Tool helps women decide if prenatal genetic testing is the right decision for them
Research Activities, July 2009, No. 347
The American College of Obstetrics and Gynecology recommends that all pregnant women be given an opportunity to have the fetus tested for genetic disorders, such as Down syndrome. The decision to undergo this testing can be a difficult one, because some tests pose risks to the fetus and some results pose ethical dilemmas for parents. Researchers in San Francisco evaluated the effect of a computerized tool, the Prenatal Testing Decision-Assisting Tool (PT Tool), which is designed to help pregnant women decide whether to undergo prenatal testing. The researchers evaluated the women's knowledge, decisional conflict, and prenatal diagnostic testing choices. The tool provides personalized estimates of the chances a woman is carrying a fetus with chromosomal abnormalities, describes prenatal screening and diagnostic tests, and develops a tailored testing strategy.
Nearly 80 percent of women who used the PT Tool were able to answer questions on prenatal testing correctly compared with 65 percent of women in the control group who only read a computerized educational booklet on prenatal testing provided to all pregnant women by the State of California. Compared with the control group, women who used the PT Tool were also more able to correctly estimate their risk of experiencing a procedure-related miscarriage (48 vs. 65 percent, respectively) and chance they were carrying a fetus with Down syndrome (15 vs. 64 percent, respectively). Women who used the PT Tool were more satisfied with the educational intervention than women in the control group and were also more confident about their decision to undergo or forego testing.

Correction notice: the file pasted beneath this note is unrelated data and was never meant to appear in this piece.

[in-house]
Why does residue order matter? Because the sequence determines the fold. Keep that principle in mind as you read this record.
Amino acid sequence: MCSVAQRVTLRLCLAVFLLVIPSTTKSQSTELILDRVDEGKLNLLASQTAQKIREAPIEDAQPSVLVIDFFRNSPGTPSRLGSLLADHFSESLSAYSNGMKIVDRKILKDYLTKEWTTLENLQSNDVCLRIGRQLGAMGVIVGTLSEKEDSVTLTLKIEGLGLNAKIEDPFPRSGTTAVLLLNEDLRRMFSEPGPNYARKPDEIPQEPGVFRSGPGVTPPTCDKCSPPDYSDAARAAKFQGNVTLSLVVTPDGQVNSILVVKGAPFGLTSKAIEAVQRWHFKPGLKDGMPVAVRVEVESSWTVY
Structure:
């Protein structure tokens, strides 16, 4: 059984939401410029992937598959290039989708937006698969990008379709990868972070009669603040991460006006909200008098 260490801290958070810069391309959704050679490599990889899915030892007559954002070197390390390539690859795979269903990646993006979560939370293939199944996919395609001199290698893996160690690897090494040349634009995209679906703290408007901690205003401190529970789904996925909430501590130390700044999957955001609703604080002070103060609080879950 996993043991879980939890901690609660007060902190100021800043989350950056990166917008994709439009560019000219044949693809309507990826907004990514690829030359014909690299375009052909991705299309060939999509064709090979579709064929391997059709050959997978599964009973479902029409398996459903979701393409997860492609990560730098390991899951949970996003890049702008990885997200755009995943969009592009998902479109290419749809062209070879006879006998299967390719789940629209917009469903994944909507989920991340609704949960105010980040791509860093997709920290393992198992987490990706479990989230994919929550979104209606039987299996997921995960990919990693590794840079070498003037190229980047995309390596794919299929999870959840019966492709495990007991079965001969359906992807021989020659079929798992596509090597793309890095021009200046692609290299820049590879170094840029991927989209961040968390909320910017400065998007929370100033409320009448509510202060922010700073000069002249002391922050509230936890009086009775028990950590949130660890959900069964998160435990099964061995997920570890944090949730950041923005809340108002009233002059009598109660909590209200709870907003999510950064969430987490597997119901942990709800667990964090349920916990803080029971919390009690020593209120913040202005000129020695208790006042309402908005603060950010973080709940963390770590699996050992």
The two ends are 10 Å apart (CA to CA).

After using the PT Tool, many women changed their opinions about prenatal testing. For example, women who at baseline said they would undergo no-cost prenatal diagnostic testing if it were offered, were less likely to have the tests after determining their risks with the PT Tool. Some women who at baseline said they were not inclined to have testing, ended up having an amniocentesis or chorionic villus sampling procedure. The authors suggest that tools such as these can improve women's decisionmaking about prenatal testing before they decline or request these procedures. This study was funded in part by the Agency for Healthcare Research and Quality (HS10856).
See "Computerized prenatal genetic testing decision-assisting tool: A randomized controlled trial," by Miriam Kuppermann, Ph.D., M.P.H., Mary E. Norton, M.D., Elena Gates, M.D., and others in the January 2009 Obstetrics & Gynecology 113(1), pp. 53-63.